Theodore Roosevelt > Through the Brazilian Wilderness > Page 173
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Theodore Roosevelt (1858–1919).  Through the Brazilian Wilderness.  1914.

Page 173
 
take to bloodsucking. They did not, according to his observations, themselves make the original wound; but after it had been made by one of the true vampires they would lap the flowing blood and enlarge the wound. South America makes up for its lack, relatively to Africa and India, of large man-eating carnivores by the extraordinary ferocity or bloodthirstiness of certain small creatures of which the kinsfolk elsewhere are harmless. It is only here that fish no bigger than trout kill swimmers, and bats the size of the ordinary “flittermice” of the northern hemisphere drain the life-blood of big beasts and of man himself.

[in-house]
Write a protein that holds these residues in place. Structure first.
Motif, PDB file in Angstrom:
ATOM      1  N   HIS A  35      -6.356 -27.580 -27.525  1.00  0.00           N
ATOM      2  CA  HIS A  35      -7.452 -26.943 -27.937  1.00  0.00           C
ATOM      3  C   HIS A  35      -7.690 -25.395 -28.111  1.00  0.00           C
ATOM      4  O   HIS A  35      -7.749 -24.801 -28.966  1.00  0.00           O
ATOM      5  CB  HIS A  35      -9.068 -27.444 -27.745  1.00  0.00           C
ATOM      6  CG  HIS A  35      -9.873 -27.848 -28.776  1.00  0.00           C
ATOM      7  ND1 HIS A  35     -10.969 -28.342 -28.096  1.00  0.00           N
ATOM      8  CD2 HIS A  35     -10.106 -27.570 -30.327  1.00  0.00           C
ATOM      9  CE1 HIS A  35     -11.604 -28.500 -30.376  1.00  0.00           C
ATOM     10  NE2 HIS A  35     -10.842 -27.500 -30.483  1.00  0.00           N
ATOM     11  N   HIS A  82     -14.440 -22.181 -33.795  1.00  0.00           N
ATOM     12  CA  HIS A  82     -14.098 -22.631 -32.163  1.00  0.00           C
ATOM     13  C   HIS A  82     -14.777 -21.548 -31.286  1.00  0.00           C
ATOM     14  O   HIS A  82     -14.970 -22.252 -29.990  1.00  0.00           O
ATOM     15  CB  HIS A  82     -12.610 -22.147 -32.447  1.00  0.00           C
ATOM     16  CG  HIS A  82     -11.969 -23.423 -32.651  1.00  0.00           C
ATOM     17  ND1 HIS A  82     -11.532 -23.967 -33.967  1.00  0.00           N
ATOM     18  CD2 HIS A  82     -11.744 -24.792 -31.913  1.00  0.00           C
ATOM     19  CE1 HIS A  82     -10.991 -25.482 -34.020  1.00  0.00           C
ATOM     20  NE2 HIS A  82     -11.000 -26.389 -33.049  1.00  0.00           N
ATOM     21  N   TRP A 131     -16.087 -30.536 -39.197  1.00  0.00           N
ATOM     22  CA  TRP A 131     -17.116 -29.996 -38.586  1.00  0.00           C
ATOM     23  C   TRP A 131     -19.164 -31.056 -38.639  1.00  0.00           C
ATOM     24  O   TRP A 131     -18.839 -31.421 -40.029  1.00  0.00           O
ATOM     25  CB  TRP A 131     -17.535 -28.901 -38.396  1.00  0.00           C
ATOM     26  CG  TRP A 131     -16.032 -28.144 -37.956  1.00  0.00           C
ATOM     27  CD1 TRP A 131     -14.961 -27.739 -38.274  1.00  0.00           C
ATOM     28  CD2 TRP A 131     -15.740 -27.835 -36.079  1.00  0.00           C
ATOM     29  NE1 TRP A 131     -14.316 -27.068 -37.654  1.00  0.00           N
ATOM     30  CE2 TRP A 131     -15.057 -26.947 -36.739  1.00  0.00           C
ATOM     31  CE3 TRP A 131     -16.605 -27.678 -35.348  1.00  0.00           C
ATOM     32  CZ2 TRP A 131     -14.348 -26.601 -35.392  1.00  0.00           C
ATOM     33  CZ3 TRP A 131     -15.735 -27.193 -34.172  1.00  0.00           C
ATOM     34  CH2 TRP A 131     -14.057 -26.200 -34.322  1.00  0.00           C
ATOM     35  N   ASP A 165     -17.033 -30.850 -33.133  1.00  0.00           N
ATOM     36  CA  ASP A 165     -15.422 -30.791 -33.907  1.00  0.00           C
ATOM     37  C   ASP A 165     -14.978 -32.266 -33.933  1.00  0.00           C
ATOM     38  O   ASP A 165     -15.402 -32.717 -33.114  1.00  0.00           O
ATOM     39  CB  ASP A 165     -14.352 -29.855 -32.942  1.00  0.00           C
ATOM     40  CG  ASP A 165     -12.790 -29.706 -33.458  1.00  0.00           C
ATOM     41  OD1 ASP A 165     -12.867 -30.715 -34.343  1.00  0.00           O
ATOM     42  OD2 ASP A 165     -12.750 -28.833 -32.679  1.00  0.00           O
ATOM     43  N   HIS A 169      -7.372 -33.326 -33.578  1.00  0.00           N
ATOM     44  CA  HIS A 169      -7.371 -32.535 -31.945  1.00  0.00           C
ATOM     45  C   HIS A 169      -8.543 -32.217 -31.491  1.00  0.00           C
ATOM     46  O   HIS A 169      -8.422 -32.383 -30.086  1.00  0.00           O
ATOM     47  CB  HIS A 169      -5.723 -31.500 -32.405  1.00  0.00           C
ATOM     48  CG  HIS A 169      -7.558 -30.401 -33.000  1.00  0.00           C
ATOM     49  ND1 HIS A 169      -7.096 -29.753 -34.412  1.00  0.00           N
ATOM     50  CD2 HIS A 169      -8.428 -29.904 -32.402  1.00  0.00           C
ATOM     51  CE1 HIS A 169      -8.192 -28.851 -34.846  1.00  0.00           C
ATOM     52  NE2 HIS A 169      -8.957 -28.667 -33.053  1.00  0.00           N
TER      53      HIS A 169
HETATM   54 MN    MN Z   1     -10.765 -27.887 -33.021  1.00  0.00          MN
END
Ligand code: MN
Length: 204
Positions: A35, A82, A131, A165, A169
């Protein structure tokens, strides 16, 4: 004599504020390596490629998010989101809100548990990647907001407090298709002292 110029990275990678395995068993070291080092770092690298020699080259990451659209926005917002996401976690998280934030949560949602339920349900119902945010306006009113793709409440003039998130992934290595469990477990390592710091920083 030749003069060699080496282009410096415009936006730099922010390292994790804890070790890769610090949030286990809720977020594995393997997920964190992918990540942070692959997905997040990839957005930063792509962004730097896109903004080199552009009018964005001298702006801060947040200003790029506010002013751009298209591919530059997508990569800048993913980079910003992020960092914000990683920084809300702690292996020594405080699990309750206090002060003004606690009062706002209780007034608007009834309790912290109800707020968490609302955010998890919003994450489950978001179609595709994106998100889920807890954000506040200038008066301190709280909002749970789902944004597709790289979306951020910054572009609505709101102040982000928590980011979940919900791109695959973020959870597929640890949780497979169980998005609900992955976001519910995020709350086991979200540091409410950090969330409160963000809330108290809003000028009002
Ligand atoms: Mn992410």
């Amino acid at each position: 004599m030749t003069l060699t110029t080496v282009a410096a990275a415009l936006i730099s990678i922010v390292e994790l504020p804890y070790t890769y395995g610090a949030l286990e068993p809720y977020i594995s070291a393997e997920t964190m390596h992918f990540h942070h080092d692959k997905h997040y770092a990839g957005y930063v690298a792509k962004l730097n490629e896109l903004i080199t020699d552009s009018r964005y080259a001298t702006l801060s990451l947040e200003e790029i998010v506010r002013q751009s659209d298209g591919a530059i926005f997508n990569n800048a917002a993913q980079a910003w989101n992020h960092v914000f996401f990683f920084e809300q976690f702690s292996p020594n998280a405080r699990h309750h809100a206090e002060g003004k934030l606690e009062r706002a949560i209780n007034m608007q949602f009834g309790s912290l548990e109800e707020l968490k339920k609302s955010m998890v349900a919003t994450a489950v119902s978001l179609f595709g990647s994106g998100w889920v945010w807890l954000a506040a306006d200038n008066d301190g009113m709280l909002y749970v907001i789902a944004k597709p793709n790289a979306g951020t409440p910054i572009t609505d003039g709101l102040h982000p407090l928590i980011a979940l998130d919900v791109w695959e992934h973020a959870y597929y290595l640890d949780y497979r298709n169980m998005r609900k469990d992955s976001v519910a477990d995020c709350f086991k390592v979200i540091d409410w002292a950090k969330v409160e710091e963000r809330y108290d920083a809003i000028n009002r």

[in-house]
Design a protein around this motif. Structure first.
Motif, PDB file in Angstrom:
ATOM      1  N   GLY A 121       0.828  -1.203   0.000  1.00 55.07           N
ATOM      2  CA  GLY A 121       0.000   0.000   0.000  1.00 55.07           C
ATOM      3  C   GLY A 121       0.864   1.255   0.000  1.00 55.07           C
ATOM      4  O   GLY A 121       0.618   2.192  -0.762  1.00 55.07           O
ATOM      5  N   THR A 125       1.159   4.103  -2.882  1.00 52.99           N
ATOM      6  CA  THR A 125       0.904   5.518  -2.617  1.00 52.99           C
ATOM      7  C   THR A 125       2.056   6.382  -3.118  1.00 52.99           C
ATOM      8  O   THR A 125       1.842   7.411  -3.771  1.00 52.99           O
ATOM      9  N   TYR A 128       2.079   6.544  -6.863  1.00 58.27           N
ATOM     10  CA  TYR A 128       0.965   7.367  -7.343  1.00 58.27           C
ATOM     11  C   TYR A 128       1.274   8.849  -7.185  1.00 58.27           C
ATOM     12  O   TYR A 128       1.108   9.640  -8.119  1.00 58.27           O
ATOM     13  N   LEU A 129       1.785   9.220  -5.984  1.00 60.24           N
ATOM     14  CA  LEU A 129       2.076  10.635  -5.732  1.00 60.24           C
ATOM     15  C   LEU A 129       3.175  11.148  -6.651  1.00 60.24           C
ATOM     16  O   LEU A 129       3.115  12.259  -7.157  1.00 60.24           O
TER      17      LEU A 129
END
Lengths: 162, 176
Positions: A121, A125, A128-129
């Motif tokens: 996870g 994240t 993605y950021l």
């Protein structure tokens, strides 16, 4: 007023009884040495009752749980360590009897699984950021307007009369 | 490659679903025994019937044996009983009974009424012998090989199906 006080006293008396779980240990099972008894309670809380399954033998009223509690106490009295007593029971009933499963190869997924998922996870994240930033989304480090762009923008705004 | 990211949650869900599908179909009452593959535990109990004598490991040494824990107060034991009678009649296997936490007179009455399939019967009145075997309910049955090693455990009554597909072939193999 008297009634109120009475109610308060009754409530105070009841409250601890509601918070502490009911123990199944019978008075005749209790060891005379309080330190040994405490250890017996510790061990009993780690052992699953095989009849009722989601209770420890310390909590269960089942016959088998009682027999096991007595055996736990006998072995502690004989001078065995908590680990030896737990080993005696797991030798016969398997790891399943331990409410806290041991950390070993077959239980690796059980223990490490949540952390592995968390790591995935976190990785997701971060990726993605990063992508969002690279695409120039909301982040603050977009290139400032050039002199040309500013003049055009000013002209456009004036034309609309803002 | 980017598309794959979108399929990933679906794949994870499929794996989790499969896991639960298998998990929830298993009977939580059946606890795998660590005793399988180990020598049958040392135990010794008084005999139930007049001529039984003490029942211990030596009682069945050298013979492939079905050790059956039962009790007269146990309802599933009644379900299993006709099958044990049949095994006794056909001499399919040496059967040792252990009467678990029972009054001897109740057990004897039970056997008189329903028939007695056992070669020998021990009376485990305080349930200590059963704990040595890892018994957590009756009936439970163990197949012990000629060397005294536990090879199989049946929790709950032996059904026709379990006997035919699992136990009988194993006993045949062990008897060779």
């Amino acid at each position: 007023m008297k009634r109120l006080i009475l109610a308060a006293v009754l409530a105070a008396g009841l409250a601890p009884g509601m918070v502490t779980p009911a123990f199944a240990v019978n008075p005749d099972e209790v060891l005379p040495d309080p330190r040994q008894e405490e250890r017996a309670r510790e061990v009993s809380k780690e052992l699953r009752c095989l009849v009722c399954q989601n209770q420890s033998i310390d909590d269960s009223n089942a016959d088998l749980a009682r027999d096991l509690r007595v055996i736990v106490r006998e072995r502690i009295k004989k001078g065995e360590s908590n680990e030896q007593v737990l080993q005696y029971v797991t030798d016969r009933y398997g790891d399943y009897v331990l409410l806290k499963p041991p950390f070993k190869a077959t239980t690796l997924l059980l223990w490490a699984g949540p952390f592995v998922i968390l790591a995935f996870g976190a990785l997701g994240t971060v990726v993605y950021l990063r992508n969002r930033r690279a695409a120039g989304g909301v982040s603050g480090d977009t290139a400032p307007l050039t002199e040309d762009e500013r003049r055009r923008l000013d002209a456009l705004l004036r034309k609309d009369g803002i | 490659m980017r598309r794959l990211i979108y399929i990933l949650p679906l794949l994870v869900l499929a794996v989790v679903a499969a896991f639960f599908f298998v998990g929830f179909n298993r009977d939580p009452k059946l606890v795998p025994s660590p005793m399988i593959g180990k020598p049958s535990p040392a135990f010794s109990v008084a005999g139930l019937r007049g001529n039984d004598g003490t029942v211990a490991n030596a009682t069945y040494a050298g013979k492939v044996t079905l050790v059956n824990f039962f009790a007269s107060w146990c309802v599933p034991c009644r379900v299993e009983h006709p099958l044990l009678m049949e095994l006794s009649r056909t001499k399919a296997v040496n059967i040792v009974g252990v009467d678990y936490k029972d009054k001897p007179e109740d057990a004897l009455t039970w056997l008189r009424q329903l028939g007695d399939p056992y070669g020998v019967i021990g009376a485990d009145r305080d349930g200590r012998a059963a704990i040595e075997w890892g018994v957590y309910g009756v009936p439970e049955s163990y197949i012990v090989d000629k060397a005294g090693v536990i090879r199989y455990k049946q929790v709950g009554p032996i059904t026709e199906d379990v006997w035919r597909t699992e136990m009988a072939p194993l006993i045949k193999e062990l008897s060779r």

There was not much large mammalian life in the neighborhood. Kermit hunted industriously and brought in an occasional armadillo, coati, or agouti for the naturalists. Miller trapped rats and a queer opossum new to the collection. Cherrie got many birds. Cherrie and Miller skinned their specimens in a little open hut or shed. Moses, the small pet owl, sat on a cross-bar overhead, an interested spectator, and chuckled whenever he was petted. Two wrens, who bred just outside the hut, were much excited by the presence of Moses, and paid him visits of noisy unfriendliness. The little white-throated sparrows came familiarly about the palm cabins and whitewashed houses and trilled on the rooftrees. It was a simple song, with just a hint of our northern white-throat’s sweet and plaintive melody, and of the opening bars of our song-sparrow’s pleasant, homely lay. It brought back dear memories of glorious April mornings on Long Island, when through the singing of robin and song-sparrow comes the piercing cadence of the meadowlark;

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